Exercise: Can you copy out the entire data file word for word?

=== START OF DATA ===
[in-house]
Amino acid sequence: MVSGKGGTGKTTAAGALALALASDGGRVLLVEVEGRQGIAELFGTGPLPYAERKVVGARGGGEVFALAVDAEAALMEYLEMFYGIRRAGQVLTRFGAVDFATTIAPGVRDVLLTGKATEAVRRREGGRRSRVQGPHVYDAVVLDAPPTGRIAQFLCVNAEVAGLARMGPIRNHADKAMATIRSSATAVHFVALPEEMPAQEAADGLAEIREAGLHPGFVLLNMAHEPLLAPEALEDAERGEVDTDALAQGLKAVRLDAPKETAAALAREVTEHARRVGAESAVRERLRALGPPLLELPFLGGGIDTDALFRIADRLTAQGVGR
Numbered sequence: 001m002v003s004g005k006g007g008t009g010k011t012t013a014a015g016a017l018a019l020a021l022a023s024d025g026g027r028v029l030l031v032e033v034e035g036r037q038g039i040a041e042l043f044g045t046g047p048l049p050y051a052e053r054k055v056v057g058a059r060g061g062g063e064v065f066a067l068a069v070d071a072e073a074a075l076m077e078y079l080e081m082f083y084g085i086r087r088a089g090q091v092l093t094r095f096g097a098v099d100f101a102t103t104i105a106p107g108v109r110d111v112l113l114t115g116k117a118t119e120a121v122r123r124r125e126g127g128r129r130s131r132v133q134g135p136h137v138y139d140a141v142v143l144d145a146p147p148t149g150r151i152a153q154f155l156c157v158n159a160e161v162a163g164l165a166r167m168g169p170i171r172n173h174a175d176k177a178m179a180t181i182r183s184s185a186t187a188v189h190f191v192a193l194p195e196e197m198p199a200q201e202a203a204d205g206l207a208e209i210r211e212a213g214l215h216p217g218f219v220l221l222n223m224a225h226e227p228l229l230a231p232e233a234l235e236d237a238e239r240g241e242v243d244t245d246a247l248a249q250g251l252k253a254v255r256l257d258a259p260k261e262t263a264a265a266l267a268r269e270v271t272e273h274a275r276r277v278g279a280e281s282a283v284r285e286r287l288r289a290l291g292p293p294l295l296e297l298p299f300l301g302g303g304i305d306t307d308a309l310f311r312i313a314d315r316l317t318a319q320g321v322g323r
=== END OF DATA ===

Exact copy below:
[in-house]
Amino acid sequence: MVSGKGGTGKTTAAGALALALASDGGRVLLVEVEGRQGIAELFGTGPLPYAERKVVGARGGGEVFALAVDAEAALMEYLEMFYGIRRAGQVLTRFGAVDFATTIAPGVRDVLLTGKATEAVRRREGGRRSRVQGPHVYDAVVLDAPPTGRIAQFLCVNAEVAGLARMGPIRNHADKAMATIRSSATAVHFVALPEEMPAQEAADGLAEIREAGLHPGFVLLNMAHEPLLAPEALEDAERGEVDTDALAQGLKAVRLDAPKETAAALAREVTEHARRVGAESAVRERLRALGPPLLELPFLGGGIDTDALFRIADRLTAQGVGR
Numbered sequence: 001m002v003s004g005k006g007g008t009g010k011t012t013a014a015g016a017l018a019l020a021l022a023s024d025g026g027r028v029l030l031v032e033v034e035g036r037q038g039i040a041e042l043f044g045t046g047p048l049p050y051a052e053r054k055v056v057g058a059r060g061g062g063e064v065f066a067l068a069v070d071a072e073a074a075l076m077e078y079l080e081m082f083y084g085i086r087r088a089g090q091v092l093t094r095f096g097a098v099d100f101a102t103t104i105a106p107g108v109r110d111v112l113l114t115g116k117a118t119e120a121v122r123r124r125e126g127g128r129r130s131r132v133q134g135p136h137v138y139d140a141v142v143l144d145a146p147p148t149g150r151i152a153q154f155l156c157v158n159a160e161v162a163g164l165a166r167m168g169p170i171r172n173h174a175d176k177a178m179a180t181i182r183s184s185a186t187a188v189h190f191v192a193l194p195e196e197m198p199a200q201e202a203a204d205g206l207a208e209i210r211e212a213g214l215h216p217g218f219v220l221l222n223m224a225h226e227p228l229l230a231p232e233a234l235e236d237a238e239r240g241e242v243d244t245d246a247l248a249q250g251l252k253a254v255r256l257d258a259p260k261e262t263a264a265a266l267a268r269e270v271t272e273h274a275r276r277v278g279a280e281s282a283v284r285e286r287l288r289a290l291g292p293p294l295l296e297l298p299f300l301g302g303g304i305d306t307d308a309l310f311r312i313a314d315r316l317t318a319q320g321v322g323r